|Publication number||US6091896 A|
|Application number||US 08/577,364|
|Publication date||Jul 18, 2000|
|Filing date||Dec 22, 1995|
|Priority date||Dec 22, 1995|
|Publication number||08577364, 577364, US 6091896 A, US 6091896A, US-A-6091896, US6091896 A, US6091896A|
|Inventors||Donald L. Curreri, Arun K. Iyengar, Russell A. Biesele, Michelle A. Ruscetta|
|Original Assignee||Hewlett-Packard Company|
|Export Citation||BiBTeX, EndNote, RefMan|
|Patent Citations (11), Non-Patent Citations (8), Referenced by (53), Classifications (8), Legal Events (7)|
|External Links: USPTO, USPTO Assignment, Espacenet|
The present invention relates to tools for software development. In particular, it relates to improvements to facilitate debugging software that has been processed by an optimizing compiler.
Trends in computer design and associated compiler technology have increased the importance of optimization in program translation. In addition, it is anticipated that, with future computer architectures, optimization will play an increasingly important role; in some cases, an unoptimized translation may not even be available. Thus, there is a growing need to be able to debug optimized code.
Computer programmers typically create computer programs by writing the programs in a form that can not be directly executed by the computer on which the program is intended to operate (the target machine). This form of the program, known as source code, is then translated into instructions that the target machine can directly execute (known as object code or machine instructions). While there are various stages and types of such translation and types of tools for such translation (such as, compilers, assemblers, linkers), for the purpose of the present application, these tools are all subsumed within the term "compiler".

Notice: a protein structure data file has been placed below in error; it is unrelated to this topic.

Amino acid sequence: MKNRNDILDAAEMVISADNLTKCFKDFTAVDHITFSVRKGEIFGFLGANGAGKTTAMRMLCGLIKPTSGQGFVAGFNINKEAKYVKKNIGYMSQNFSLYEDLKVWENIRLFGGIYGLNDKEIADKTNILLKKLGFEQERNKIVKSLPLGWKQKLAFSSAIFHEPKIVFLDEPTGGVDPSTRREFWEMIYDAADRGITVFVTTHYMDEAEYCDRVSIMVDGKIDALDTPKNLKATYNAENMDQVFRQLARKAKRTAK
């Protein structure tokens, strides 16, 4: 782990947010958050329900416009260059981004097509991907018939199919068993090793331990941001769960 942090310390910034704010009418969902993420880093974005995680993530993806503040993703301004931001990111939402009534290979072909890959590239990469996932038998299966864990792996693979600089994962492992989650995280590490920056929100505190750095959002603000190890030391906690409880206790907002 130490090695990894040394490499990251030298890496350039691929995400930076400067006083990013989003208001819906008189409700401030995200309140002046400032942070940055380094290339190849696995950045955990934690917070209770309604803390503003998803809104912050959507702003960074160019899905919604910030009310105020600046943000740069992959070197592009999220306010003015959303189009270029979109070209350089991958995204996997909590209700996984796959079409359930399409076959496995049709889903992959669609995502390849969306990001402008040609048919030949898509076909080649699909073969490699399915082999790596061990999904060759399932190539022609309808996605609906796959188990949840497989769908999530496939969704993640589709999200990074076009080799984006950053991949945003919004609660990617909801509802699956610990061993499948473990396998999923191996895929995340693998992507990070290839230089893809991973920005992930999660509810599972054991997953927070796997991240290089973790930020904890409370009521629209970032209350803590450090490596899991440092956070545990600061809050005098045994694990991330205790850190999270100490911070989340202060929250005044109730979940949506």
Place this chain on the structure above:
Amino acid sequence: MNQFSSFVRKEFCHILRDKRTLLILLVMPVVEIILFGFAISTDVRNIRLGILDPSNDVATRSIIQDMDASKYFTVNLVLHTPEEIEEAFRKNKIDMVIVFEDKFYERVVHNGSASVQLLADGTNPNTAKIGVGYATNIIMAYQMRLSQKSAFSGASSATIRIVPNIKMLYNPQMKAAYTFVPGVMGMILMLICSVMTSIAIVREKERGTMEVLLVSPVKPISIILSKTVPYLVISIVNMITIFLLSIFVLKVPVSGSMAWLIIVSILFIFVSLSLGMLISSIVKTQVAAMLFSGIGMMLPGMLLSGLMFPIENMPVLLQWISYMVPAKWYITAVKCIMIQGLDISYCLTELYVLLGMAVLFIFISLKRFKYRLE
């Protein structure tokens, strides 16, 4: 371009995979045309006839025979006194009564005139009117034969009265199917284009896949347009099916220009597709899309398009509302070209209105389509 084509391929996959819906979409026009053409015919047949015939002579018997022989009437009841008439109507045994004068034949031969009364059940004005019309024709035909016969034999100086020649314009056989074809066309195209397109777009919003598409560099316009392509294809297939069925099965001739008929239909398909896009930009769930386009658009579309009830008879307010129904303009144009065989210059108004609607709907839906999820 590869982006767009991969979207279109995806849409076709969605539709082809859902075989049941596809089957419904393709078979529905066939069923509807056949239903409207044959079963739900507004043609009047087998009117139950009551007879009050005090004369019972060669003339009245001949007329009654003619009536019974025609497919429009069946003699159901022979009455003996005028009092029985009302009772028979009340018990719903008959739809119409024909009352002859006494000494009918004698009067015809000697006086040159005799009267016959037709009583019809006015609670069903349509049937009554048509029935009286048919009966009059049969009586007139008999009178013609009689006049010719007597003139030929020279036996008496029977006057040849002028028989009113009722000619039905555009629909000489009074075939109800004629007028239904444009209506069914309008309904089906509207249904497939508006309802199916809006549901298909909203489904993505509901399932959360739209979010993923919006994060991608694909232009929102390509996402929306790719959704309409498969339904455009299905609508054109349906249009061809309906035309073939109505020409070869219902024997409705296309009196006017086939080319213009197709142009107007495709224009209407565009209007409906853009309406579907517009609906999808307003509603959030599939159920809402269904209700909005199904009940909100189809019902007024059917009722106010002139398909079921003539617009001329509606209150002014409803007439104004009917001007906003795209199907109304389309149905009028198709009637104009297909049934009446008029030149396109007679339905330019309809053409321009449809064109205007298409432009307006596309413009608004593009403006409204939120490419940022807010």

Software development typically involves an iterative process in which a programmer repeatedly goes through the process of making changes in source code and observing the program's behavior as it is executed. To observe the program's behavior, a programmer generally uses a tool or collection of tools known as a debugger.
A programmer often uses a debugger in the following cycle: (1) stop program execution at some potentially useful place; (2) observe program data; (3) formulate hypotheses about the program's behavior; (4) predict the next useful place to stop, and arrange for the program to stop at that place; (5) continue program execution; and (6) repeat these steps as needed.
To support this activity, debuggers typically provide a range of facilities for controlling execution of the program being "debugged" and for observing program data and other state information in the target machine that is executing the program being debugged.
For example, debuggers typically permit a user of the debugger to step program execution one machine instruction at a time or one source statement at a time. Also, debuggers typically provide a breakpoint facility, whereby a user can specify one or more points in the program at which the debugger will stop program execution when any of these points is reached.